"I cried so much my nose was bleeding." Yancy Escobar Balderas, 29, was in the courtroom—as she had been every day during the two-month trial—when her now-husband Juan Balderas was sentenced to death for a murder she says he didn't commit. This month—two years after she watched her man get hauled off to death row—Balderas earned her paralegal certificate at the University of Houston. Balderas tells Fusion she's becoming a lawyer to help Juan and others like him. “After sitting through this trial, seeing the injustices in Juan’s case, I want to do something where I can make a change in the system, in people’s lives."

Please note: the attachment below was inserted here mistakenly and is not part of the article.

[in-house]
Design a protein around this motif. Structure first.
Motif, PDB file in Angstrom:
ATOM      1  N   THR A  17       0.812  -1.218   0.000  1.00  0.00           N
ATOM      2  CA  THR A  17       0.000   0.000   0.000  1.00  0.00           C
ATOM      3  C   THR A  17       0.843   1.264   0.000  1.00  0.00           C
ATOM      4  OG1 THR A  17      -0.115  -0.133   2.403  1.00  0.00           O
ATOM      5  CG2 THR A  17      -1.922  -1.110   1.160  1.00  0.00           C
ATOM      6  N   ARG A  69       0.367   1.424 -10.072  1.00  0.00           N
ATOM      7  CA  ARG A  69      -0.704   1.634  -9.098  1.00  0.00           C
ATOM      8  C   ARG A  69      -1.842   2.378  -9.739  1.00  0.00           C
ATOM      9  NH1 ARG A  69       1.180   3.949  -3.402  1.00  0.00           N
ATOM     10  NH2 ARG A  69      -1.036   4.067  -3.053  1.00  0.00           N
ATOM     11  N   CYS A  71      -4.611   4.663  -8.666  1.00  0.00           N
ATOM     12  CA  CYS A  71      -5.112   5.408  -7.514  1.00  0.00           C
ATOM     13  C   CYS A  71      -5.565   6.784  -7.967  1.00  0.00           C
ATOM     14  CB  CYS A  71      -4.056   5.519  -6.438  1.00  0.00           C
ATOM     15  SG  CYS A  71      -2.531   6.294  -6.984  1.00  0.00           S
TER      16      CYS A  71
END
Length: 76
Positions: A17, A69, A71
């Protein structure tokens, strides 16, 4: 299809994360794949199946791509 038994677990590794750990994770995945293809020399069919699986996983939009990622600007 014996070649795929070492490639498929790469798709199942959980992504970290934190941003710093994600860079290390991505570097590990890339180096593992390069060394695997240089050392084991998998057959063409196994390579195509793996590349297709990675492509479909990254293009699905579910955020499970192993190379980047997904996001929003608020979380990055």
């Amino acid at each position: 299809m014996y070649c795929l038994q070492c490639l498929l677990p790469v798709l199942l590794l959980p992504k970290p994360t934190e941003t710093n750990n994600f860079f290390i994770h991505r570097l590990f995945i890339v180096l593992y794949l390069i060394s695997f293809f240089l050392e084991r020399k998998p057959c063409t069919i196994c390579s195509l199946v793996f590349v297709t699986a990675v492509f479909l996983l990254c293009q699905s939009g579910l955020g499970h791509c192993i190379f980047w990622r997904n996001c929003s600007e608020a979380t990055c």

Juan was arrested in 2005 and charged with the gang-related killing of a 16-year-old. His trial was delayed until 2014—during which time he remained behind bars—and his lawyer barely met with him or did any investigating into his case. His lawyer had been reprimanded in the past and had a load of death penalty cases that experts say he couldn't possibly have handled properly. Balderas wants to make sure that doesn't happen to anyone else. "There’s someone waiting to die," she says. "We could save their lives.” Balderas just got her first gig as a paralegal intern for a lawyer who works with death row inmates. “Her attention to detail is just incredible," her boss says. "She’s going to be very successful at this.” Balderas likely hopes he's right—she's currently planning an appeal for Juan, who she's stuck by through 11 years of separation. Read the full story here. (Read more Longform stories.)